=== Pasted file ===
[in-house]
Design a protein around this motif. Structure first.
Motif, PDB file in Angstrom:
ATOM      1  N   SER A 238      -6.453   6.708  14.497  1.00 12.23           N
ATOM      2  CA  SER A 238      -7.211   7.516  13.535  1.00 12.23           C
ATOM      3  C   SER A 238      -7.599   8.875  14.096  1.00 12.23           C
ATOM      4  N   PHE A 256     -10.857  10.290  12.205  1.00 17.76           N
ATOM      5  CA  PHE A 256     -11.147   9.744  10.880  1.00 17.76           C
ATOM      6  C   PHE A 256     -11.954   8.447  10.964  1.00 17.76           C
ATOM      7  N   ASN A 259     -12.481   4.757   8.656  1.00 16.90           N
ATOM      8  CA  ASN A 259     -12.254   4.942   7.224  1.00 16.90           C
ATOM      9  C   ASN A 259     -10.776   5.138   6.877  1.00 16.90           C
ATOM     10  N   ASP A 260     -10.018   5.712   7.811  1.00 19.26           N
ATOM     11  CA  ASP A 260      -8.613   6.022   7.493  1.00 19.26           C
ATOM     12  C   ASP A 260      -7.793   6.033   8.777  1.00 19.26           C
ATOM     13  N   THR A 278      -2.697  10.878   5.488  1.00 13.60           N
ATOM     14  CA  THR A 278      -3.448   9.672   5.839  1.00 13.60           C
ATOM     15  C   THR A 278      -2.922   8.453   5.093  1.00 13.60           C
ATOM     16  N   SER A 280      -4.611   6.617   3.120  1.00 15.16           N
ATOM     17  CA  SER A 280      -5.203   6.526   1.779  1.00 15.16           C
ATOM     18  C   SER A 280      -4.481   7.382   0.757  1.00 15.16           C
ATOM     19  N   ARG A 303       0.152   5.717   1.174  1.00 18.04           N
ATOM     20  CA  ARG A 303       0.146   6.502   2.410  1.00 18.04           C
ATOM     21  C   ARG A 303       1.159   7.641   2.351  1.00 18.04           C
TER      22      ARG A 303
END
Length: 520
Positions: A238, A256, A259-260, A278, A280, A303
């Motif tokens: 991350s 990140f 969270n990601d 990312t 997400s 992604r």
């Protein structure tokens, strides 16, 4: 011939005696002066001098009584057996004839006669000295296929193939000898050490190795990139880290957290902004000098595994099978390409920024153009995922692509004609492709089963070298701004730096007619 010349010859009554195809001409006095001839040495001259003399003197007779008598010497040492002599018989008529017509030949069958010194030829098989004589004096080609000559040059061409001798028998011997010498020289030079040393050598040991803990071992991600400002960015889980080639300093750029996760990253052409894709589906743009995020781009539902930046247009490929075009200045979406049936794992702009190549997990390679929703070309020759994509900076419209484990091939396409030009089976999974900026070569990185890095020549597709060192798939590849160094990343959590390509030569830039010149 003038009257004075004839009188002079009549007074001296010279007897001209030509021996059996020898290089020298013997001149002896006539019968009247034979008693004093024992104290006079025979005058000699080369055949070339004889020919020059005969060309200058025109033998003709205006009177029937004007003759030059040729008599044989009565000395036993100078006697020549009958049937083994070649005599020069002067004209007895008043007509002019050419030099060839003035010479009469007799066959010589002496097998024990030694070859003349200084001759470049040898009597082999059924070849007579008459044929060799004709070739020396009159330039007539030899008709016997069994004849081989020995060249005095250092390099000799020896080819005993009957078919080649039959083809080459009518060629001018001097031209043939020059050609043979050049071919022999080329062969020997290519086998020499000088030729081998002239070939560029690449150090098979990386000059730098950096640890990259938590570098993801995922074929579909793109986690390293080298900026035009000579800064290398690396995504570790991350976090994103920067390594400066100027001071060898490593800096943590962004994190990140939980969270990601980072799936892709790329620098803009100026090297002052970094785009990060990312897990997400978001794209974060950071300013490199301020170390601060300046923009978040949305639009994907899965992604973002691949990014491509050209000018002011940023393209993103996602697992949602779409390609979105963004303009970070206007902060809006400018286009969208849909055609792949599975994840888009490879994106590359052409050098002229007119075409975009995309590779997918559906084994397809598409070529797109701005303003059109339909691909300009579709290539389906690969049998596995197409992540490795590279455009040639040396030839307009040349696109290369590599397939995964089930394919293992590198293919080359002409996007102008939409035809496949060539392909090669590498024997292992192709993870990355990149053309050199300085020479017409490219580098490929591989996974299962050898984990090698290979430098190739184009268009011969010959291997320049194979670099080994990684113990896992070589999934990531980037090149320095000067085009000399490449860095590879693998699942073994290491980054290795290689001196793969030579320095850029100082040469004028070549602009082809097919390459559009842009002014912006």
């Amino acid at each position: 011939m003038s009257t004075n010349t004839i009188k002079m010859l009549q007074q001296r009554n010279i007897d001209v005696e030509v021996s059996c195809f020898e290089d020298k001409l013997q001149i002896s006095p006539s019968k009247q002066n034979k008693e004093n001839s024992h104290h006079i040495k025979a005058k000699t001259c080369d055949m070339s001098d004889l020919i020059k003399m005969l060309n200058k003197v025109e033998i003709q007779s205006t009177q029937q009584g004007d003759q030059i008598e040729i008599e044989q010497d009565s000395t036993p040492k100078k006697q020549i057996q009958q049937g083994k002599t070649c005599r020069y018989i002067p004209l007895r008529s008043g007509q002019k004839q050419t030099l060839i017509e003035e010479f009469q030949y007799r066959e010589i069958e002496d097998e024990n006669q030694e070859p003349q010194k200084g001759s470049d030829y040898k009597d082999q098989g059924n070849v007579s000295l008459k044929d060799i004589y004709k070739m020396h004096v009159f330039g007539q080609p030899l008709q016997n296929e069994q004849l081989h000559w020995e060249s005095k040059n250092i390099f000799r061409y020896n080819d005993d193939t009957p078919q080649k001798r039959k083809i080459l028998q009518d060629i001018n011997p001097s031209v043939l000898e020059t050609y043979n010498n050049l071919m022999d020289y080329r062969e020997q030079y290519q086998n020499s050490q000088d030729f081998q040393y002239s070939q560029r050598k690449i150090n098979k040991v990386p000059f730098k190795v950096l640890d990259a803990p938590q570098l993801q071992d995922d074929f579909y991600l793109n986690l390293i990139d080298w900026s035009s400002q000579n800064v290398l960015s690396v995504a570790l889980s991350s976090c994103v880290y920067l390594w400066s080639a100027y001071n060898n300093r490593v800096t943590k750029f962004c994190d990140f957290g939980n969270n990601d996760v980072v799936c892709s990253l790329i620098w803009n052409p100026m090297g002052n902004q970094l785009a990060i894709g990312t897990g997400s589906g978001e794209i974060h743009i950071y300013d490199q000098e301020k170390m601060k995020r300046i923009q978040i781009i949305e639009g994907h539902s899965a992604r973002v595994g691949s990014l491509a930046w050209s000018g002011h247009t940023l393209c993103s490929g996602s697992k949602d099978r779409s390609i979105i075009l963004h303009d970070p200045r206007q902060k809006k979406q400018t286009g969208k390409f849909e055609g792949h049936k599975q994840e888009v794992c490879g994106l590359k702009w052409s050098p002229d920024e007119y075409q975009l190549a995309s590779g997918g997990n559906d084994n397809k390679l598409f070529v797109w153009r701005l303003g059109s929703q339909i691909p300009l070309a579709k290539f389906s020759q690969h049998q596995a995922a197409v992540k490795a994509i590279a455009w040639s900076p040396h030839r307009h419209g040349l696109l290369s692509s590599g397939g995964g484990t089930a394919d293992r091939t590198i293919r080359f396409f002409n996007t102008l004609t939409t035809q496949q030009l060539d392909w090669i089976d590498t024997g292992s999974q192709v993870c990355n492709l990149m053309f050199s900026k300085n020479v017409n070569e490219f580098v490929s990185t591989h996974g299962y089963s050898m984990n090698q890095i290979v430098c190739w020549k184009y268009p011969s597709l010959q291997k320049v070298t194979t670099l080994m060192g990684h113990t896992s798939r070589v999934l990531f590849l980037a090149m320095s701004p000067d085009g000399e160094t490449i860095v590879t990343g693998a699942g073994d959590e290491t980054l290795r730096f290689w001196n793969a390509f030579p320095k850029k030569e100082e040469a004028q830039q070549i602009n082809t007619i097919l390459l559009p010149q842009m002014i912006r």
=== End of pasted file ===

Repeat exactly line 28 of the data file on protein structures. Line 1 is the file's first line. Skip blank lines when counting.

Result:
Positions: A238, A256, A259-260, A278, A280, A303